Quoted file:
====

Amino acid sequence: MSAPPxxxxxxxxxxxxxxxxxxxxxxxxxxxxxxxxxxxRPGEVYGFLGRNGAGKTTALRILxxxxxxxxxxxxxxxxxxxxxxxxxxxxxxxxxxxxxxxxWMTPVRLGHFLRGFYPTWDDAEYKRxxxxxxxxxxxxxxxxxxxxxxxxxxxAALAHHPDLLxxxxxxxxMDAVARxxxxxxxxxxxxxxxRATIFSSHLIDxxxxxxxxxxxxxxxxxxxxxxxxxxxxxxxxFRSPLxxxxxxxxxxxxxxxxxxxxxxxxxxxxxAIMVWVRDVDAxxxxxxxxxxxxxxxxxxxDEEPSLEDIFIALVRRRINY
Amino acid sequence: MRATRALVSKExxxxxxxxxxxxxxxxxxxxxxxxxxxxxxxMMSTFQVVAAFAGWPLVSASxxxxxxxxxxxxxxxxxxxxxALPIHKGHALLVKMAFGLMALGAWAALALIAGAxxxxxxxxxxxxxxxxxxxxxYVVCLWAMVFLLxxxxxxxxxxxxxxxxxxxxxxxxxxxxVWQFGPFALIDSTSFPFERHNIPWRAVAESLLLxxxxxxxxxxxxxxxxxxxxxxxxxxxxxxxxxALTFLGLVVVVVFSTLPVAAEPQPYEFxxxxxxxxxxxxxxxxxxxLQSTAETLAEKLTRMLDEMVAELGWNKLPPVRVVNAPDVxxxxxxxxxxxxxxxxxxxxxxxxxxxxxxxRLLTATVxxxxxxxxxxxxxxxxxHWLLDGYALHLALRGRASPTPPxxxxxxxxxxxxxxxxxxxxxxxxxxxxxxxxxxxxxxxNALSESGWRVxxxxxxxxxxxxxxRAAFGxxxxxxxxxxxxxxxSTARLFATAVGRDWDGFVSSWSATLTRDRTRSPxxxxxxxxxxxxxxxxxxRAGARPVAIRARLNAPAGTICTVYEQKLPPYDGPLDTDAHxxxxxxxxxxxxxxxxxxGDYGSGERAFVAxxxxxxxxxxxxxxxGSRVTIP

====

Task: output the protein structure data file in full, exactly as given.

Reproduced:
Amino acid sequence: MSAPPxxxxxxxxxxxxxxxxxxxxxxxxxxxxxxxxxxxRPGEVYGFLGRNGAGKTTALRILxxxxxxxxxxxxxxxxxxxxxxxxxxxxxxxxxxxxxxxxWMTPVRLGHFLRGFYPTWDDAEYKRxxxxxxxxxxxxxxxxxxxxxxxxxxxAALAHHPDLLxxxxxxxxMDAVARxxxxxxxxxxxxxxxRATIFSSHLIDxxxxxxxxxxxxxxxxxxxxxxxxxxxxxxxxFRSPLxxxxxxxxxxxxxxxxxxxxxxxxxxxxxAIMVWVRDVDAxxxxxxxxxxxxxxxxxxxDEEPSLEDIFIALVRRRINY
Amino acid sequence: MRATRALVSKExxxxxxxxxxxxxxxxxxxxxxxxxxxxxxxMMSTFQVVAAFAGWPLVSASxxxxxxxxxxxxxxxxxxxxxALPIHKGHALLVKMAFGLMALGAWAALALIAGAxxxxxxxxxxxxxxxxxxxxxYVVCLWAMVFLLxxxxxxxxxxxxxxxxxxxxxxxxxxxxVWQFGPFALIDSTSFPFERHNIPWRAVAESLLLxxxxxxxxxxxxxxxxxxxxxxxxxxxxxxxxxALTFLGLVVVVVFSTLPVAAEPQPYEFxxxxxxxxxxxxxxxxxxxLQSTAETLAEKLTRMLDEMVAELGWNKLPPVRVVNAPDVxxxxxxxxxxxxxxxxxxxxxxxxxxxxxxxRLLTATVxxxxxxxxxxxxxxxxxHWLLDGYALHLALRGRASPTPPxxxxxxxxxxxxxxxxxxxxxxxxxxxxxxxxxxxxxxxNALSESGWRVxxxxxxxxxxxxxxRAAFGxxxxxxxxxxxxxxxSTARLFATAVGRDWDGFVSSWSATLTRDRTRSPxxxxxxxxxxxxxxxxxxRAGARPVAIRARLNAPAGTICTVYEQKLPPYDGPLDTDAHxxxxxxxxxxxxxxxxxxGDYGSGERAFVAxxxxxxxxxxxxxxxGSRVTIP